Perhaps it was for the best that USC’s 41-28 loss to Utah was buried in the Los Angeles sports headlines on Saturday, with the Dodgers winning the pennant and a fight breaking out at LeBron James’ Lakers home debut. It deserved to be hidden on television on the Pac-12 Network and on radio — due to the Lakers game — on a country music station.
It wasn’t worth watching or listening to anyway.
The same, predictable things happened. The Trojans jumped out to a 14-0 lead, but not on the offense’s merits. The first touchdown, an ill-advised throw into double coverage from freshman quarterback JT Daniels to junior wide receiver Michael Pittman, should’ve been intercepted. The second was a defensive score.
Despite the early lead, at no point did the offense have a rhythm. At no point did Daniels look comfortable. At no point did this team, stacked with five-star recruits, look even slightly in control against a far-less talented Utah team. We’ve been over this, time and time again.
It was hardly a surprise when Utah came back, a la Texas. When USC failed to score on its final five possessions of the first half, it was already over. The halftime score read 20-14 in favor of Utah, but it felt like total domination.
In the end, it was. The Utes scored 34 unanswered points and racked up 541 total yards of offense, more than doubling USC’s 205 yards. The Trojans managed 73 yards on the ground and 132 yards in the air. They started the game 0-for-10 on third down conversions and possessed the ball for more than nine fewer minutes than the Utes.
Translation: not good.
“We hadn’t had a night like that since Alabama in ’16,” offensive coordinator Tee Martin said.
I was at AT&T Stadium two years ago for that rout, a 52-6 loss to open the 2016 season. I never thought I’d witness anything close to it again. But Saturday was, in fact, USC’s worst offensive performance since that game, when the Trojans recorded 194 yards of offense against the Crimson Tide.
In that game, with USC down big in the second half, a backup redshirt freshman quarterback by the name of Sam Darnold saw his first action in garbage time. It wasn’t long before he took over the team, and we took the quarterback position at USC for granted. It didn’t matter that the playcalling was suspect, or the defense slipped up, or something happened on special teams — Darnold cleaned up the mess for the next two seasons.
Now, with a true freshman at quarterback, USC no longer has that luxury. We’ve known this since the opener against UNLV, and especially after Weeks 2 and 3, when Daniels showed growing pains in losses at Texas and Stanford. It is Week 7, and he still hangs in the pocket too long, still throws off his back foot when he doesn’t need to.
But the losses aren’t on Daniels. Plenty of college football teams have freshman quarterbacks who are inexperienced and make mistakes in their debut seasons. That’s fine. That’s what happens when you trust an 18-year-old to run the offense.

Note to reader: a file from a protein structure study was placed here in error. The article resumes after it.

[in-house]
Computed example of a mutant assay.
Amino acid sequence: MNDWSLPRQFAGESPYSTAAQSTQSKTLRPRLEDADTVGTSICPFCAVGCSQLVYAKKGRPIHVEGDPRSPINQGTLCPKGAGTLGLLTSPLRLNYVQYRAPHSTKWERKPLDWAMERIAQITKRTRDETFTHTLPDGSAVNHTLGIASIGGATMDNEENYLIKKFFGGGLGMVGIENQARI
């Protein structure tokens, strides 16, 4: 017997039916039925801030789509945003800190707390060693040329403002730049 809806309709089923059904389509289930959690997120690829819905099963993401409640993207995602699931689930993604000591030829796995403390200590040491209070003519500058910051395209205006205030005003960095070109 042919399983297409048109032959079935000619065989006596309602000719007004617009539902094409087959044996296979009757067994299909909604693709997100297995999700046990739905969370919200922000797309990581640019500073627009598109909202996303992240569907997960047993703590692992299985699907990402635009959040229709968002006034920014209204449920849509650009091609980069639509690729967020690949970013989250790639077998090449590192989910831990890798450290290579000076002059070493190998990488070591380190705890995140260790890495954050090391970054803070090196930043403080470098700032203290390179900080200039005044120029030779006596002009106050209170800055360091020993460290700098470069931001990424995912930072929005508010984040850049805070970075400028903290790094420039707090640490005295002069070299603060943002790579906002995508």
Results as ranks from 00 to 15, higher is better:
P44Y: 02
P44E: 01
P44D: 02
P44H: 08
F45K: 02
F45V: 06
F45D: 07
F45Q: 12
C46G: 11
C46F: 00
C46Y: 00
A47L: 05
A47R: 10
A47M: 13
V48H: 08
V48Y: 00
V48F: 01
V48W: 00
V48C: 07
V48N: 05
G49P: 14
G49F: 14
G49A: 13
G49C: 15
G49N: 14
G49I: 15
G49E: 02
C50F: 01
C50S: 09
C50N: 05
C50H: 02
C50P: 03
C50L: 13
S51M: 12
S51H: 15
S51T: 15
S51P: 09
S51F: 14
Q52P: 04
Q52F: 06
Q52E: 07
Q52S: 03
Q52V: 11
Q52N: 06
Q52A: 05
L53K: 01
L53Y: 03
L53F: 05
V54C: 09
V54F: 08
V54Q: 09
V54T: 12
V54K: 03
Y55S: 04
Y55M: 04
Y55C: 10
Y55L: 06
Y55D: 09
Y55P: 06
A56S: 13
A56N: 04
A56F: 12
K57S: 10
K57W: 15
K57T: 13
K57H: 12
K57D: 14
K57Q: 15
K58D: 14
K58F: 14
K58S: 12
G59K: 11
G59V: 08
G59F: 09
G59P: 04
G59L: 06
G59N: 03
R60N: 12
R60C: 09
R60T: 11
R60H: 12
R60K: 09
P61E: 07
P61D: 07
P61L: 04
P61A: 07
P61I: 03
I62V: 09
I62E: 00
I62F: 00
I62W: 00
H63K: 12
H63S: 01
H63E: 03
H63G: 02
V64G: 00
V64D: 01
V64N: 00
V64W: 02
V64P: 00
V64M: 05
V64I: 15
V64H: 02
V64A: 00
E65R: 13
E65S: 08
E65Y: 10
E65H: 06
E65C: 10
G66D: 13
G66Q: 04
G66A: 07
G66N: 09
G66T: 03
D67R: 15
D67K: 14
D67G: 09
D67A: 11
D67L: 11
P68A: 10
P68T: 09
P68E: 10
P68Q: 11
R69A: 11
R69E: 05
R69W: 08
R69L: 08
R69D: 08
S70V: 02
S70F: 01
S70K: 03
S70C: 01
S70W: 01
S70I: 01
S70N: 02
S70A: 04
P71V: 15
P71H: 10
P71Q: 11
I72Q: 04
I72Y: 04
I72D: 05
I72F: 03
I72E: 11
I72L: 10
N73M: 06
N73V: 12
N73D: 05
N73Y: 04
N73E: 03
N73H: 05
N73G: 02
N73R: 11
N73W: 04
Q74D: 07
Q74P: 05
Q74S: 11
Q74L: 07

Head coach Clay Helton said it himself in his postgame presser, so I won’t sound too accusatory: Blame the team’s shortcomings on him.
“I’m going to put everything on me, as far as performance,” Helton said. “My job as head coach is to make sure we’re performing at a high level, and we didn’t do go enough to win the football game.”
Step one is recognizing the problem. Helton did that. Step two is solving it.
It starts with putting the quarterback in the best situation to succeed. That means establishing the run game so Daniels is not forced to throw the ball on third-and-long. It is incredible that with three stellar running backs, USC’s rushing attack is still inconsistent and failed to hit 100 yards against a Utah defense that played a Cover 2 formation — which invites the offense to run the ball or throw for short gains — for much of the night. Not only did the Utes clamp down on Daniels’ pass attempts, but they also shut down the run.
“We hit it up a couple times [on the ground], but not consistently enough to take them out of Cover 2 and we weren’t running it consistently enough [for Utah to] feel like they needed to change,” Martin said.
That responsibility — calling the plays, making in-game adjustments — rests on the shoulders of the coaching staff. Week in and week out, this team has far too much talent for play-calling to drag everything down. This team is too good to not be in control of the Pac-12 South.
But that’s where we are. If, for some reason, you didn’t want to watch the Dodgers or Lakers on Saturday and flipped over to USC football, you saw exactly what has plagued this team all season long. And as the mediocrity drags on for the remainder of this season, one can’t help but wonder what the tipping point is for the people in charge at Heritage Hall.
Eric He is a senior majoring in journalism. He is also the managing editor of the Daily Trojan. His column, “Grinding Gears,” runs Mondays.